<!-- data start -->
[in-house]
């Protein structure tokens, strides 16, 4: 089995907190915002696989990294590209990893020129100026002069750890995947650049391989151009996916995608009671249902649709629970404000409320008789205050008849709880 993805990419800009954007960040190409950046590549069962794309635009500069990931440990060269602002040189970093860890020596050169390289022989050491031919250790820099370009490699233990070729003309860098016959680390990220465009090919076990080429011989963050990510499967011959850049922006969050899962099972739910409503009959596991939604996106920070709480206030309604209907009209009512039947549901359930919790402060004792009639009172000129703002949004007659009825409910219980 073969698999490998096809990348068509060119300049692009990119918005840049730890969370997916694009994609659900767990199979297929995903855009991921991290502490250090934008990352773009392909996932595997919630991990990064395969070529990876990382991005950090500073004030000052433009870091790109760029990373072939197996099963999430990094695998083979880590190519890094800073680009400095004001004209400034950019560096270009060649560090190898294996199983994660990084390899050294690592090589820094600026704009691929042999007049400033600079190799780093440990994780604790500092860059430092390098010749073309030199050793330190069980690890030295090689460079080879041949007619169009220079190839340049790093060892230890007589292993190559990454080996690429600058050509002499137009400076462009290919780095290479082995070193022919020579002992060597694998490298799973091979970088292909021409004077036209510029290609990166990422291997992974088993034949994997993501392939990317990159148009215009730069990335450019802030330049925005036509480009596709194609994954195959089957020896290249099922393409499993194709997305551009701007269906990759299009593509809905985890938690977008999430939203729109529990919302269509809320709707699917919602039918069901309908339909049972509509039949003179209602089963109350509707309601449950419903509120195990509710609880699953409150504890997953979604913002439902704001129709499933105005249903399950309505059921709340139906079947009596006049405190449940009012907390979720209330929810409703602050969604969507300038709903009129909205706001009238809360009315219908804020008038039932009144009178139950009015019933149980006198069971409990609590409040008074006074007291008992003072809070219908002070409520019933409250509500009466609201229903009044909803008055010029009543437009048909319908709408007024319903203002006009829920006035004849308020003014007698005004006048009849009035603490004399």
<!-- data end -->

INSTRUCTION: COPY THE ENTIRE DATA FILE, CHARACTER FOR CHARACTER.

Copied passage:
[in-house]
């Protein structure tokens, strides 16, 4: 089995907190915002696989990294590209990893020129100026002069750890995947650049391989151009996916995608009671249902649709629970404000409320008789205050008849709880 993805990419800009954007960040190409950046590549069962794309635009500069990931440990060269602002040189970093860890020596050169390289022989050491031919250790820099370009490699233990070729003309860098016959680390990220465009090919076990080429011989963050990510499967011959850049922006969050899962099972739910409503009959596991939604996106920070709480206030309604209907009209009512039947549901359930919790402060004792009639009172000129703002949004007659009825409910219980 073969698999490998096809990348068509060119300049692009990119918005840049730890969370997916694009994609659900767990199979297929995903855009991921991290502490250090934008990352773009392909996932595997919630991990990064395969070529990876990382991005950090500073004030000052433009870091790109760029990373072939197996099963999430990094695998083979880590190519890094800073680009400095004001004209400034950019560096270009060649560090190898294996199983994660990084390899050294690592090589820094600026704009691929042999007049400033600079190799780093440990994780604790500092860059430092390098010749073309030199050793330190069980690890030295090689460079080879041949007619169009220079190839340049790093060892230890007589292993190559990454080996690429600058050509002499137009400076462009290919780095290479082995070193022919020579002992060597694998490298799973091979970088292909021409004077036209510029290609990166990422291997992974088993034949994997993501392939990317990159148009215009730069990335450019802030330049925005036509480009596709194609994954195959089957020896290249099922393409499993194709997305551009701007269906990759299009593509809905985890938690977008999430939203729109529990919302269509809320709707699917919602039918069901309908339909049972509509039949003179209602089963109350509707309601449950419903509120195990509710609880699953409150504890997953979604913002439902704001129709499933105005249903399950309505059921709340139906079947009596006049405190449940009012907390979720209330929810409703602050969604969507300038709903009129909205706001009238809360009315219908804020008038039932009144009178139950009015019933149980006198069971409990609590409040008074006074007291008992003072809070219908002070409520019933409250509500009466609201229903009044909803008055010029009543437009048909319908709408007024319903203002006009829920006035004849308020003014007698005004006048009849009035603490004399």